President Barack Obama voiced support for embattled Greek Prime Minister Antonis Samaras and his economic restructuring plans after the two leaders met Thursday.
The Obama administration is hoping Mr. Samaras can hold his government together long enough to undertake economic reforms required as a condition for receiving millions of dollars in aid from the International Monetary Fund and euro-zone countries. A collapse of the Greek government could imperil future installments of the $328 billion in rescue loans and reignite financial turmoil in the euro zone. Woes in Europe, America’s largest trading partner, could hurt the U.S. economic recovery.
“The prime minister has taken some very bold and difficult measures to initiate the structural reforms that will help reduce the debt burden,” Mr. Obama said after the meeting at the White House.
The president said that he is “confident” the Greek prime minister is “committed to taking the tough actions” required under the bailout deal and that the U.S. wants to be supportive of the process. But Mr. Obama also emphasized policies that spur growth over those that focus largely on budget cuts, in contrast to those pushed by Germany, one of Greece’s biggest emergency lenders.
“We cannot simply look to austerity as a strategy. It is important that we have a plan for fiscal consolidation to manage the debt, but it is also important that growth and jobs are a focus,” he said. “Countries that are growing have an easier time reducing their debt burdens.”
Mr. Obama voiced his support as Brazil also weighed in on Greece’s rescue program, calling on the IMF to review its financial aid package for Greece and the broader euro zone and arguing that it doesn’t do enough to spur economic recovery. The statement came as Brazil’s finance minister, Guido Mantega, sought to clarify confusion over the country’s support for the latest €1.7 billion ($2.25 billion) tranche of funding for Greece. After initially abstaining from last week’s vote at the IMF, Brazil then switched to say it supported the loan.
The White House earlier said the meeting was an important opportunity for the U.S. to support Greece as the country undertakes “challenging and painful reforms to make Greece’s economy more competitive and open, while putting its debt on a sustainable path.”
Speaking in the Oval Office, Mr. Samaras said, “we are going to do what is necessary on structural reforms but the focus has to be on growth and jobs, particularly for the youth.” Greek figures released Thursday show unemployment rose to another record in May, to 27.6% from 27% in April and 23.8% a year earlier.
The visit comes at a critical time for Mr. Samaras, Greece and the euro zone.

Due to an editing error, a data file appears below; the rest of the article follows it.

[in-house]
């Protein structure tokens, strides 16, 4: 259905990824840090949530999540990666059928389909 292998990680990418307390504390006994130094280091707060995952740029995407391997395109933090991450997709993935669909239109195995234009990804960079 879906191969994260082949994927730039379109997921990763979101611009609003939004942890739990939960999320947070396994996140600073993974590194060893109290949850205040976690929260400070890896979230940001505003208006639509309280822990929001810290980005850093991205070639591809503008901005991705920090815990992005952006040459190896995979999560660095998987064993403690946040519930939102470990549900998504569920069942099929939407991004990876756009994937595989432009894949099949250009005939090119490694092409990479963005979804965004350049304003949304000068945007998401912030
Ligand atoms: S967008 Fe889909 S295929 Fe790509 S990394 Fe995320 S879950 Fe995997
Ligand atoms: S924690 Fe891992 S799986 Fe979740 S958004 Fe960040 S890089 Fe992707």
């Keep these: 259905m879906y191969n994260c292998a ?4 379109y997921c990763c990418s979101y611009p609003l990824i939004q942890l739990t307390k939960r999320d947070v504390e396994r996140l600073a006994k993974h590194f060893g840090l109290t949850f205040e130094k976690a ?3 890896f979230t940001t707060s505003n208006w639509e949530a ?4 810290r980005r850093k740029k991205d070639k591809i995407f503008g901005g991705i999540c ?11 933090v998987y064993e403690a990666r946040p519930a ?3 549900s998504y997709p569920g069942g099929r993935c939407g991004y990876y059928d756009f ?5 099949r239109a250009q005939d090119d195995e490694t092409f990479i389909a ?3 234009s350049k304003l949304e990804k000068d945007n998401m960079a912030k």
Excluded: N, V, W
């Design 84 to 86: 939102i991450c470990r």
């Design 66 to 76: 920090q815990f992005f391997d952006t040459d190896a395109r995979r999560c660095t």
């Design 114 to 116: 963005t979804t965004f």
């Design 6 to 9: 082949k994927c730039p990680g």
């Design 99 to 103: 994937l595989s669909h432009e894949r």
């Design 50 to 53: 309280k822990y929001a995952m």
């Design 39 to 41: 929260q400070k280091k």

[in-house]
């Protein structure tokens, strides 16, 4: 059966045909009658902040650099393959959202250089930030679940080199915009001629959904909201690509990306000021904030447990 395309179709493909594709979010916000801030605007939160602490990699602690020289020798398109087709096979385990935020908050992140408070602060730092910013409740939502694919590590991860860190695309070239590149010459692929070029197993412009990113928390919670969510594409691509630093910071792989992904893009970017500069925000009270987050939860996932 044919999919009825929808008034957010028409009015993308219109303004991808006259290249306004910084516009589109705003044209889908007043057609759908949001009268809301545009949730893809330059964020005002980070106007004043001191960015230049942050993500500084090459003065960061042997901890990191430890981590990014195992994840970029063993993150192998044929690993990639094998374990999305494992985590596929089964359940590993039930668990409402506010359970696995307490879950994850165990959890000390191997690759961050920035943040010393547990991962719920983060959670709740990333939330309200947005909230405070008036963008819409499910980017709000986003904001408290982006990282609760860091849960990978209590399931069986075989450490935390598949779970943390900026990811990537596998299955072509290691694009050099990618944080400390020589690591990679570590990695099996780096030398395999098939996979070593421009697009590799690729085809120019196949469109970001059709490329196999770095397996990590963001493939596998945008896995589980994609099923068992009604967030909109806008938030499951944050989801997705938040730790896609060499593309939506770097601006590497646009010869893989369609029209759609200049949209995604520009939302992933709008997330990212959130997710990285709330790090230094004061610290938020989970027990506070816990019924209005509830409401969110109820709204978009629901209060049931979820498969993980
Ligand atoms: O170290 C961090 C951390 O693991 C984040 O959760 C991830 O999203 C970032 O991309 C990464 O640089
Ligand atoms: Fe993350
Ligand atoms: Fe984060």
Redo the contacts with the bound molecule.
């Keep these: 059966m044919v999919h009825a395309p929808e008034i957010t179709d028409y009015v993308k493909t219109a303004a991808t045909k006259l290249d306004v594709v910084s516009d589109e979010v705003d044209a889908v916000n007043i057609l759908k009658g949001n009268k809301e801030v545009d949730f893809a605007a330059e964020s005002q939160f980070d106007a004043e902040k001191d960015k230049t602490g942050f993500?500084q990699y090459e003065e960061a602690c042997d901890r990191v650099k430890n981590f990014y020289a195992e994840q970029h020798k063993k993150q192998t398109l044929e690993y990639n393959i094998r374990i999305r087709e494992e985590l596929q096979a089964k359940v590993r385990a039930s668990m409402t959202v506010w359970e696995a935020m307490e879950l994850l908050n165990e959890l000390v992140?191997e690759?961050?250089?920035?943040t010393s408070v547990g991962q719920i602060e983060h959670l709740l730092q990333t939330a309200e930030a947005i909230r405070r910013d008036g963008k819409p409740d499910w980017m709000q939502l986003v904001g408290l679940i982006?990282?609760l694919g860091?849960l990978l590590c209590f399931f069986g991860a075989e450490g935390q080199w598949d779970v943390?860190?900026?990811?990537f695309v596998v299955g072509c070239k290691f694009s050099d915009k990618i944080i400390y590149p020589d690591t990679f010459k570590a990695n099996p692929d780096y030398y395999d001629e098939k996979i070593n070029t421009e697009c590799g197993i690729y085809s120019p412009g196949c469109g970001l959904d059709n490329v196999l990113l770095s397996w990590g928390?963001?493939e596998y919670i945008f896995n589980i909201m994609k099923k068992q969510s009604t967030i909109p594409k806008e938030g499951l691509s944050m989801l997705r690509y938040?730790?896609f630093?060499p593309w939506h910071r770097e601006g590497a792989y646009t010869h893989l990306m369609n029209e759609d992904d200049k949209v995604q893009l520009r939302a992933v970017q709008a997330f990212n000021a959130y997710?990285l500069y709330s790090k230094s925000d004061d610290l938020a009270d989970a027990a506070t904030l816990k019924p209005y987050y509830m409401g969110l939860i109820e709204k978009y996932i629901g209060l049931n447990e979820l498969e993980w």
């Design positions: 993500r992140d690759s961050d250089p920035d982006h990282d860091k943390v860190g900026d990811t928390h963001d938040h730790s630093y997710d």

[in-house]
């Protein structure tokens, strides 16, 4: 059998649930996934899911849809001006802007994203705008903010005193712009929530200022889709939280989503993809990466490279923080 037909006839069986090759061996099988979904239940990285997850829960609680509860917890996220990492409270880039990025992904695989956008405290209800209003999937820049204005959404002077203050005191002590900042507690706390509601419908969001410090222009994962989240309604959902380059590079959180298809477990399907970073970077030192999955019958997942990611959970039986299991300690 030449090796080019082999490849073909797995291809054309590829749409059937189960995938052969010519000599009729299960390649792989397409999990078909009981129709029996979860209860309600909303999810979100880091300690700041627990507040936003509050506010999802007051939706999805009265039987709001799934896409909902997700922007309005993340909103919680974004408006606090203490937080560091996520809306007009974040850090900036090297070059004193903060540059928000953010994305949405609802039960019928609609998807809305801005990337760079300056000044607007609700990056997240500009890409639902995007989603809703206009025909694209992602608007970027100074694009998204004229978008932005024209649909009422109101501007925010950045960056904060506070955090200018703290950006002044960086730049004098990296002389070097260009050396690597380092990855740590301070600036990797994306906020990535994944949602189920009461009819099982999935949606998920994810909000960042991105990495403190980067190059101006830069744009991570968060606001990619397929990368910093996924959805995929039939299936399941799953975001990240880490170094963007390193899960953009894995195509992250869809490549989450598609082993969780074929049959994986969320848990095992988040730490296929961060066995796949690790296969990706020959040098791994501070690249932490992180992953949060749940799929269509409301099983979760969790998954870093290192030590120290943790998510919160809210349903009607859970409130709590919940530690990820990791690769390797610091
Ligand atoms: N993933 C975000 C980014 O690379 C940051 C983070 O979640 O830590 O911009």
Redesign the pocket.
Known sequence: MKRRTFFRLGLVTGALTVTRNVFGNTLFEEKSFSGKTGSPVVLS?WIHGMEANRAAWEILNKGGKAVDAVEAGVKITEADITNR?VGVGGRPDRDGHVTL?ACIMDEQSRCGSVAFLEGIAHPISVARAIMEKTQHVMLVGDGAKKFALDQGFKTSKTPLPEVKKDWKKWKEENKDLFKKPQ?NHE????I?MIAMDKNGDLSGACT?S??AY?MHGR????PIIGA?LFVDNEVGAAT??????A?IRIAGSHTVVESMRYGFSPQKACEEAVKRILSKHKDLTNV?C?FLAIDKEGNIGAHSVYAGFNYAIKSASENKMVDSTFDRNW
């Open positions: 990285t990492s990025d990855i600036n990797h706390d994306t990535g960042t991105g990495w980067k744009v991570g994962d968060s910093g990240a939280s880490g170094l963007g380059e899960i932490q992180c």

Mr. Samaras is credited with pushing forward difficult economic policy changes and rebuilding frayed relations between Greece and the rest of the euro zone. But his ruling coalition is hanging onto a razor-thin majority in parliament amid record unemployment and public anger after years of severe budget cuts, economic contraction and major economic policy changes. One of the three parties in the prime minister’s original government left the coalition in June, and the opposition party, which advocates tearing up the bailout deal, threatens to displace the Samaras administration in public opinion polls.
Under terms of the bailout, Athens has to move ahead with highly controversial plans to cut government spending and boost revenues and the country’s economic competitiveness.
Athens also is likely seeking U.S. help in pushing Germany to forgive some of debt held by euro-zone governments. Otherwise, some economists warn that Greek talk about leaving the euro zone is likely to gain momentum.
Greece hopes that after German elections in September, Berlin will allow negotiations on the issue of cutting the value of Greek government debt held by the currency union’s member governments.
European officials—including those in Germany—have promised to help Greece reduce its debt burden, but haven’t agreed to specific terms.
The IMF says that debt relief is vital to putting Greece’s debt on a “sustainable path,” ensuring the country’s economy isn’t overwhelmed by its financial obligations. But opponents are reluctant to take losses on their holdings, believing Athens is responsible for its own problems. A write-down would be particularly unpopular with German voters and would be seen by many as an implicit admission that the German-led austerity approach had failed.
ΠΗΓΗ: Wall Street Journal